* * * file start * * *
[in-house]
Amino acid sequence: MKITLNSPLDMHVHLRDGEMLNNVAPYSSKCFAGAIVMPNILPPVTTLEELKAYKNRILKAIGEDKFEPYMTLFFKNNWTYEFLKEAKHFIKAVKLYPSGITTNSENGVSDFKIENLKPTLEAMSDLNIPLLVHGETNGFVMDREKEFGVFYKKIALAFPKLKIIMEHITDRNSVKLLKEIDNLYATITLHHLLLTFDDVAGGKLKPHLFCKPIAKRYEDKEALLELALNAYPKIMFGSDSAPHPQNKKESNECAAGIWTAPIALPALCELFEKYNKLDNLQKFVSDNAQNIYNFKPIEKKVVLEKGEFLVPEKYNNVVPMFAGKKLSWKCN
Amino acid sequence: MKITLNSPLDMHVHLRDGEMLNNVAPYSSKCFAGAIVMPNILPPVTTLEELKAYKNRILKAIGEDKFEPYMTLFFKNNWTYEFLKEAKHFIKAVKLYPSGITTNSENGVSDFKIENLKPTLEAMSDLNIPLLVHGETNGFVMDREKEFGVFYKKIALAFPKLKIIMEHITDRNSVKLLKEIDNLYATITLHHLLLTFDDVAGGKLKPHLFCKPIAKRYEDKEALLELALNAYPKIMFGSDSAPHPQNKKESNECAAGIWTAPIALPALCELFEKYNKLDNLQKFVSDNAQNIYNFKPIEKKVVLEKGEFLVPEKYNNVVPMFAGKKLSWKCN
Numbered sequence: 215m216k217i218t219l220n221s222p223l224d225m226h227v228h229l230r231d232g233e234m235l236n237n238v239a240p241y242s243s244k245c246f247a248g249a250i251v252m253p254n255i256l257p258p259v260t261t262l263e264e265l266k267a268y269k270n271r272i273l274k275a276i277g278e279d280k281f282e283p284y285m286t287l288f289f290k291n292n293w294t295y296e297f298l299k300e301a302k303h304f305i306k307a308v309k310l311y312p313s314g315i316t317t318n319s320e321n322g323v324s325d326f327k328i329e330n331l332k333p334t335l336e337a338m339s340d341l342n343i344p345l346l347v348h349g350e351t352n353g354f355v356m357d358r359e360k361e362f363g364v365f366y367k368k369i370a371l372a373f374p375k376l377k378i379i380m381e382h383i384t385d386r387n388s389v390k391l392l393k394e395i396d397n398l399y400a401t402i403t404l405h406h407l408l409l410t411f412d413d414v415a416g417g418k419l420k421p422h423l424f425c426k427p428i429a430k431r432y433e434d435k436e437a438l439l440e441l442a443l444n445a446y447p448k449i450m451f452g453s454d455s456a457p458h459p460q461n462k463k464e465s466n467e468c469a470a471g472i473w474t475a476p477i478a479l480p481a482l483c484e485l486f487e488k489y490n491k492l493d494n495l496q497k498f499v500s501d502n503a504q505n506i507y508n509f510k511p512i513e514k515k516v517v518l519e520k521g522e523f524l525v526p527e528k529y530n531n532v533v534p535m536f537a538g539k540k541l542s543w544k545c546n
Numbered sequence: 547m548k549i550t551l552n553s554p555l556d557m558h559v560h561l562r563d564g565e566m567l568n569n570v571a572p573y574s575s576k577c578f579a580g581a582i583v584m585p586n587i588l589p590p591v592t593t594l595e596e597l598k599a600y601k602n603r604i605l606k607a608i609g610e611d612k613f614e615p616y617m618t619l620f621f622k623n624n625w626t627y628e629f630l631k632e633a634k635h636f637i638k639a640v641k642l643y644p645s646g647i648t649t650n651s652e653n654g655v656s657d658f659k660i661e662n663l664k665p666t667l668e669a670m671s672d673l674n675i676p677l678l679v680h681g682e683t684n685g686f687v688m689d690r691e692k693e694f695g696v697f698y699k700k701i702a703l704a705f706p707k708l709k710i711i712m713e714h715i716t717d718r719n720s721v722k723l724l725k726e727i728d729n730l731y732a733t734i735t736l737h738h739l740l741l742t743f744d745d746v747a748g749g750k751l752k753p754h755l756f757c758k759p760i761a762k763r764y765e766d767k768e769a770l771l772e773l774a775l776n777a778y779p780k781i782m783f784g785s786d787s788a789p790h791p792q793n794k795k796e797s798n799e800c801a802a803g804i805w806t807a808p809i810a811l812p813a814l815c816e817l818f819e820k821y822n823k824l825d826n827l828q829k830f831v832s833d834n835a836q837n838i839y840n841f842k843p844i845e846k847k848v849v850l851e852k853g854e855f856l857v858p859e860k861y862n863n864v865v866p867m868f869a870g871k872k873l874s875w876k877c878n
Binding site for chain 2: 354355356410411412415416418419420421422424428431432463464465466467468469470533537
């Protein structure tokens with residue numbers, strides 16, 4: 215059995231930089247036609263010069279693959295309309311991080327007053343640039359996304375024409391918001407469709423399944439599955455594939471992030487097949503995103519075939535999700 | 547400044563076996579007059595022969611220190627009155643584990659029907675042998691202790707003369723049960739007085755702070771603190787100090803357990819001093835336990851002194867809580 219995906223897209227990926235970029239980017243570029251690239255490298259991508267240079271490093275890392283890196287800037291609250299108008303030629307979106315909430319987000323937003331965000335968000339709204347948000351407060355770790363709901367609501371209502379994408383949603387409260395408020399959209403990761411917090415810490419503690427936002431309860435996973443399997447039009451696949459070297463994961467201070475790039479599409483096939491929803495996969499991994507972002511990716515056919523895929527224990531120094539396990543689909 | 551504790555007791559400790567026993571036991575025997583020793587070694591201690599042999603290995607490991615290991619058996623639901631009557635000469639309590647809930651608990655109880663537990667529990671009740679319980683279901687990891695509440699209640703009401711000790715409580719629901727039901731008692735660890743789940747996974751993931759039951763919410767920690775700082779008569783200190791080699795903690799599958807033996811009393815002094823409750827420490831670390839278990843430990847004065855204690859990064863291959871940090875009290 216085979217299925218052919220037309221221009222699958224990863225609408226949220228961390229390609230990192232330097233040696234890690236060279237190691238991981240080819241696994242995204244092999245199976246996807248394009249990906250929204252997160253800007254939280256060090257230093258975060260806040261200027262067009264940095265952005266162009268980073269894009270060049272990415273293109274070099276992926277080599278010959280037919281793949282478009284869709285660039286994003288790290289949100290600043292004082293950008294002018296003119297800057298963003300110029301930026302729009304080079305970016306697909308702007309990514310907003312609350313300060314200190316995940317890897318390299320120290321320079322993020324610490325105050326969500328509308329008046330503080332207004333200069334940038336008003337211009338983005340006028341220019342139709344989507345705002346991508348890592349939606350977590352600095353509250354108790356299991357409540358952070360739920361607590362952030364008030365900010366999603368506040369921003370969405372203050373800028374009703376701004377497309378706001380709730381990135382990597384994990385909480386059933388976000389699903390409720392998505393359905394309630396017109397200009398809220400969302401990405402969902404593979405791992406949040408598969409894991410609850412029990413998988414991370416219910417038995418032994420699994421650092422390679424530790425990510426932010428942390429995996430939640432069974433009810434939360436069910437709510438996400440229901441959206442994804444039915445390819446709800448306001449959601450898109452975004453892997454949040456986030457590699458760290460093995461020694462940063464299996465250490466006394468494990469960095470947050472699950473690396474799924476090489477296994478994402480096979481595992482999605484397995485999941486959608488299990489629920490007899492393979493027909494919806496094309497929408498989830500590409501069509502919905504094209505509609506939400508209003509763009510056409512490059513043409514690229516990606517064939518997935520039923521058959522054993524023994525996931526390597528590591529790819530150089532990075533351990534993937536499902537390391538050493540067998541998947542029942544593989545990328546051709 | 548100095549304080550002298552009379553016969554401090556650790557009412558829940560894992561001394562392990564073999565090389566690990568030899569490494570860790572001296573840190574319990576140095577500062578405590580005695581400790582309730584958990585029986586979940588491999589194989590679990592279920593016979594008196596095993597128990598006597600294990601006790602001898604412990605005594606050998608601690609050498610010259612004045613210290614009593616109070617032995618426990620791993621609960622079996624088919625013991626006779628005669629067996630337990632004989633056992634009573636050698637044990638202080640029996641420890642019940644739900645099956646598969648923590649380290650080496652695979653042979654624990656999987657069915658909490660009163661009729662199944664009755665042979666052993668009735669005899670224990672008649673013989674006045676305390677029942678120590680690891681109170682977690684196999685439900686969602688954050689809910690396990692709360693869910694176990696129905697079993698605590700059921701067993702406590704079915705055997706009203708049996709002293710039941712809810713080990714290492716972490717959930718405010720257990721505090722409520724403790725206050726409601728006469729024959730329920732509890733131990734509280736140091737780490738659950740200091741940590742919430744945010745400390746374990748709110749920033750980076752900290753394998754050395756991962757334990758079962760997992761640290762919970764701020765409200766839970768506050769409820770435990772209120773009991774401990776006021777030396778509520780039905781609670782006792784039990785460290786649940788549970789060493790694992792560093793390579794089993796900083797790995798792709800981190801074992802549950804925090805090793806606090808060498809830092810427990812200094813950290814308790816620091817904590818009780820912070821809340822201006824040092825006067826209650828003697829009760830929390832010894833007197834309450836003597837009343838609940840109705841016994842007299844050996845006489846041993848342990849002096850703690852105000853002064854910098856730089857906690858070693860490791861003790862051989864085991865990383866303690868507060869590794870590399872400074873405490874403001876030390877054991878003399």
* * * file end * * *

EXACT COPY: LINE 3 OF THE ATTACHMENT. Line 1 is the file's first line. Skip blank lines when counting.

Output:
Amino acid sequence: MKITLNSPLDMHVHLRDGEMLNNVAPYSSKCFAGAIVMPNILPPVTTLEELKAYKNRILKAIGEDKFEPYMTLFFKNNWTYEFLKEAKHFIKAVKLYPSGITTNSENGVSDFKIENLKPTLEAMSDLNIPLLVHGETNGFVMDREKEFGVFYKKIALAFPKLKIIMEHITDRNSVKLLKEIDNLYATITLHHLLLTFDDVAGGKLKPHLFCKPIAKRYEDKEALLELALNAYPKIMFGSDSAPHPQNKKESNECAAGIWTAPIALPALCELFEKYNKLDNLQKFVSDNAQNIYNFKPIEKKVVLEKGEFLVPEKYNNVVPMFAGKKLSWKCN